In this article, I suggest Sun Wukong’s position as a primate monarch is based on “The Story of the Great Monkey” (Sk: Mahakapi jataka; Ch: Houwang bensheng, 猴王本生, “Birth Story of the Monkey King”; “The Great Monkey” hereafter), an ancient story about the Buddha’s past life as a monkey king, which appears in various collections of moralistic birth tales (Sk: jakata; Ch: bensheng jing, 本生經) in Buddhist literature. After summarizing the tale, I will briefly discuss 2,000-year-old Indian Buddhist art depicting the story at important religious sites, thereby showing its intense popularity. Next, I will demonstrate that the tale traveled the Silk Road to China, where it was represented in Buddhist art and literature. Finally, I will highlight similarities between “The Great Monkey” and a 13th-century precursor of Journey to the West, as well as similarities with the standard 1592 edition of the novel.
Fig. 5 – The Stone Monkey sits on his throne (larger version). From the Japanese children’s book Son Goku (1939).
1. Story of the Great Monkey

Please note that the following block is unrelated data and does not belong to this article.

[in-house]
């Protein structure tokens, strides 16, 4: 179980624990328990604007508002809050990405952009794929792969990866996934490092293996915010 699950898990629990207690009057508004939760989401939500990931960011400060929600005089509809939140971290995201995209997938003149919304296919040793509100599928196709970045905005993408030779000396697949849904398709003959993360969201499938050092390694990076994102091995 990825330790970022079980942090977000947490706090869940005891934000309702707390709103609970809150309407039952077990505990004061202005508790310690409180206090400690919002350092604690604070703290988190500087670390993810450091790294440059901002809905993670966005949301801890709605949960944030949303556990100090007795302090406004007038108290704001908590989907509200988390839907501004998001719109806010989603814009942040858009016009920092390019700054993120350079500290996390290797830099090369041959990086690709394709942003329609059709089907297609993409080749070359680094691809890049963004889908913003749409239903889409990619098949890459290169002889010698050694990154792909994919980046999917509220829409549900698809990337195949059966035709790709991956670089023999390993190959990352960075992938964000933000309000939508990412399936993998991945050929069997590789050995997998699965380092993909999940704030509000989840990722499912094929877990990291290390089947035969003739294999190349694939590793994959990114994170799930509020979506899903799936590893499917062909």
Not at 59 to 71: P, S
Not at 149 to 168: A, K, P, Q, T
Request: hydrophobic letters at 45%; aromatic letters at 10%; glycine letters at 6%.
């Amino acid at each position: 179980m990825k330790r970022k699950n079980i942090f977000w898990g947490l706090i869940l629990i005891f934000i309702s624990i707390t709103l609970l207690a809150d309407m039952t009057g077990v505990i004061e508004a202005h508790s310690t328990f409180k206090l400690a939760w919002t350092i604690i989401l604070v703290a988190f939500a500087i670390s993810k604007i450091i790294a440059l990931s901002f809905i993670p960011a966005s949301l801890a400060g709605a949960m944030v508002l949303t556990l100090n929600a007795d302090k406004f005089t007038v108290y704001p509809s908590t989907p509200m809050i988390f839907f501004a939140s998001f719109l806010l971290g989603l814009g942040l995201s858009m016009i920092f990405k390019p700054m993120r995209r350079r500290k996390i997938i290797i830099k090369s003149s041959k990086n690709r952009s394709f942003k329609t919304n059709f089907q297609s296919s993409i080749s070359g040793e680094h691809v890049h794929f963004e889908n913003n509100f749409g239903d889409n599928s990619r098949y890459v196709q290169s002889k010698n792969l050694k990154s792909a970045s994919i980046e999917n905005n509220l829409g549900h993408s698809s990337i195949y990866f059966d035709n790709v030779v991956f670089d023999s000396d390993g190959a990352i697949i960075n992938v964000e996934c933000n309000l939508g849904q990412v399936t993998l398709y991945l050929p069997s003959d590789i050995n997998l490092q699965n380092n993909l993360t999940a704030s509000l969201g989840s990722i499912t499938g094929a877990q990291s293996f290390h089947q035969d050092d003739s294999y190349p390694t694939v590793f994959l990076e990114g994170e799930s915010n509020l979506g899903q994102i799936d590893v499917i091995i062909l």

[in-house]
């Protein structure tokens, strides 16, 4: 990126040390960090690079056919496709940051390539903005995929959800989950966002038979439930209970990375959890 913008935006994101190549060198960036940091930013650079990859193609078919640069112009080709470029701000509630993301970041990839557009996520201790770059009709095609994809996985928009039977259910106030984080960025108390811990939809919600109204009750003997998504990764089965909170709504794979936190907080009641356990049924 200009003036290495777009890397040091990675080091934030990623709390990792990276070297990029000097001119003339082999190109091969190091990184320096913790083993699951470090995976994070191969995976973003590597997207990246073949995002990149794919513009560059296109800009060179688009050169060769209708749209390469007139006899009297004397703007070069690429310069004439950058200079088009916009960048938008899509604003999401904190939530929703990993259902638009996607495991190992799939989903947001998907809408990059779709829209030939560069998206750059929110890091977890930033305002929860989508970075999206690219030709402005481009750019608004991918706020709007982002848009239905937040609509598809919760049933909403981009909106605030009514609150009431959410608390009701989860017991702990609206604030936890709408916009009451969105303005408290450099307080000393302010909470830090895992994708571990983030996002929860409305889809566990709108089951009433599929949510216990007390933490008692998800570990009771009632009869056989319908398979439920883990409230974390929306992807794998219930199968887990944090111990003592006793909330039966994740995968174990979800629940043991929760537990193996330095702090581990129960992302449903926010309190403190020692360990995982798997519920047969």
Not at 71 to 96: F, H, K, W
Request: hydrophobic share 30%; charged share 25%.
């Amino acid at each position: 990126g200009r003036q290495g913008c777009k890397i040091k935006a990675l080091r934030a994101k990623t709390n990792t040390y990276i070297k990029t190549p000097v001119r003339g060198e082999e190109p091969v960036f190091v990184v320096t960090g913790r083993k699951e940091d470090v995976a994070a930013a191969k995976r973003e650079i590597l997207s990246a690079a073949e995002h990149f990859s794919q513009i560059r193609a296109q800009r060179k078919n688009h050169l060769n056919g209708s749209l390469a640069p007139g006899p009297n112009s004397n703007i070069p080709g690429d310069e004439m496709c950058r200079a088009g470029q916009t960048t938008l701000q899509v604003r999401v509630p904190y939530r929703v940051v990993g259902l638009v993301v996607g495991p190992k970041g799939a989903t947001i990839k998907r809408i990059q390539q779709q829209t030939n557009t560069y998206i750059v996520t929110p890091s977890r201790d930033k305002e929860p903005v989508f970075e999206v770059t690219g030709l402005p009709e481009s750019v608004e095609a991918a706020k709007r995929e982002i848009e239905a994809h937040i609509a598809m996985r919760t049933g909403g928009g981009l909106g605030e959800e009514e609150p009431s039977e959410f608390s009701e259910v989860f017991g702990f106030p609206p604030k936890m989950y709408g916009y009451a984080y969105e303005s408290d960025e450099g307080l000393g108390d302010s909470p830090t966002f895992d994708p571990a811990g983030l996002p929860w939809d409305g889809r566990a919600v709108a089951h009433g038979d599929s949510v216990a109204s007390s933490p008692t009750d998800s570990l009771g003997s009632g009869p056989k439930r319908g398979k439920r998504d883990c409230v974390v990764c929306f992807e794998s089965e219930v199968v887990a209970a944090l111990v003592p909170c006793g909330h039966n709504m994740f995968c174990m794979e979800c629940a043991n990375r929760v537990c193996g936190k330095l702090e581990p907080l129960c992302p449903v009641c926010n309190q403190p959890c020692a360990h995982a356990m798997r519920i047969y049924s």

Buddhist literature contains different versions of the tale. I will describe two of them here. The first is story no. 27 in the Garland of Birth Stories (Sk: Jatakamala, 4th-century) by the monk Arya Sura.  The tale opens with the following epigraph: “Those who make a practice of good behavior can win over the hearts even of their enemies” (Khoroche, 1989, p. 186). According to the story, the bodhisattva was born a virtuous monkey king in the verdant paradise of the Himalayas, which abounded in fruits and flowers, crystal clear streams, and choirs of singing birds. He and his tribe lived near an unnamed river and ate from a mountainous banyan tree that produced figs larger than palmyra nuts. The monkey king feared that the fruit would cause trouble for his people, so he gave instructions to regularly clear them from a branch overlooking the river. However, one season a fig escaped the monkeys’ attention and it grew to maturation, dropping into the water, drifting downstream, and lodging in the fence of a pool where an unnamed human king played with his consorts. The smell and color of the fruit entranced the women, and after the king tasted it, he became obsessed with its flavor and led an army in search of the tree. The ruler and his entourage cut a path upstream and followed a sweet scent directly to the massive banyan, which rose high above all the surrounding trees like the lord of the forest. When he saw the monkeys eating figs, the enraged ruler ordered his men to shoot them down with arrows, spears, and rocks. Seeing the dire situation of his tribe, the monkey king made a tremendous leap to the summit of a nearby mountain, a feat that would have required any other monkey a series of jumps. On the mountain, he found a strong-rooted cane of the appropriate length needed to span the gap and tied it to his feet. But his return jump to the tree was hampered by the binding, and so he came up short, forcing him to grab a branch and use his body as a bridge so that his tribe could escape. But the monkey king was mortally wounded as throngs of the panicked primates clawed their way across his body to safety. The human king took note of this selfless deed and ordered his men to relieve the suspended monkey by placing a canopy beneath him and simultaneously shooting the branch and cane. After his wounds were tended and he regained consciousness, the monkey king spent the last few moments of his life teaching the human king the virtue of putting his people’s needs before his own (Khoroche, 1989, pp. 186-192).